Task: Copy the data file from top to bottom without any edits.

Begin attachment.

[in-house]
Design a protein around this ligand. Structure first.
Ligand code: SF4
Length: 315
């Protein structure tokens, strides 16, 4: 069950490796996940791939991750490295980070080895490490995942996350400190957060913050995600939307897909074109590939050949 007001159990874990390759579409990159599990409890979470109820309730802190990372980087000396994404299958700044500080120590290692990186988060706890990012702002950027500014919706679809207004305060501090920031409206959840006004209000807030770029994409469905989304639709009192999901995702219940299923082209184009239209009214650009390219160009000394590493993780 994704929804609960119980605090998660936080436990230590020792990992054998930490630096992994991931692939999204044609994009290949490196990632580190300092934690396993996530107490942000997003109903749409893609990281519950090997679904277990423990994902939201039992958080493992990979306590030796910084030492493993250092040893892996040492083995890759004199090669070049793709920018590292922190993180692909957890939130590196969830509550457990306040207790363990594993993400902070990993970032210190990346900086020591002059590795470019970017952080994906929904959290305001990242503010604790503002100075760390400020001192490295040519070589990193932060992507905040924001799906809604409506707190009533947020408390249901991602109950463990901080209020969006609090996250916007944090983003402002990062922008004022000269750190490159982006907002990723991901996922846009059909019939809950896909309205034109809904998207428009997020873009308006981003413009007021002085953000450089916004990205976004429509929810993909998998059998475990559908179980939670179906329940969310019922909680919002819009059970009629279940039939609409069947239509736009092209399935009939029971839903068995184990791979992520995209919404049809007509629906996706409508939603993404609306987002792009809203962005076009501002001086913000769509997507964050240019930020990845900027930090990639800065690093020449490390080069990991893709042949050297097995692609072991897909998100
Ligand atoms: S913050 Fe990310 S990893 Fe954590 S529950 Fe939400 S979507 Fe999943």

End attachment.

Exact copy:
[in-house]
Design a protein around this ligand. Structure first.
Ligand code: SF4
Length: 315
């Protein structure tokens, strides 16, 4: 069950490796996940791939991750490295980070080895490490995942996350400190957060913050995600939307897909074109590939050949 007001159990874990390759579409990159599990409890979470109820309730802190990372980087000396994404299958700044500080120590290692990186988060706890990012702002950027500014919706679809207004305060501090920031409206959840006004209000807030770029994409469905989304639709009192999901995702219940299923082209184009239209009214650009390219160009000394590493993780 994704929804609960119980605090998660936080436990230590020792990992054998930490630096992994991931692939999204044609994009290949490196990632580190300092934690396993996530107490942000997003109903749409893609990281519950090997679904277990423990994902939201039992958080493992990979306590030796910084030492493993250092040893892996040492083995890759004199090669070049793709920018590292922190993180692909957890939130590196969830509550457990306040207790363990594993993400902070990993970032210190990346900086020591002059590795470019970017952080994906929904959290305001990242503010604790503002100075760390400020001192490295040519070589990193932060992507905040924001799906809604409506707190009533947020408390249901991602109950463990901080209020969006609090996250916007944090983003402002990062922008004022000269750190490159982006907002990723991901996922846009059909019939809950896909309205034109809904998207428009997020873009308006981003413009007021002085953000450089916004990205976004429509929810993909998998059998475990559908179980939670179906329940969310019922909680919002819009059970009629279940039939609409069947239509736009092209399935009939029971839903068995184990791979992520995209919404049809007509629906996706409508939603993404609306987002792009809203962005076009501002001086913000769509997507964050240019930020990845900027930090990639800065690093020449490390080069990991893709042949050297097995692609072991897909998100
Ligand atoms: S913050 Fe990310 S990893 Fe954590 S529950 Fe939400 S979507 Fe999943």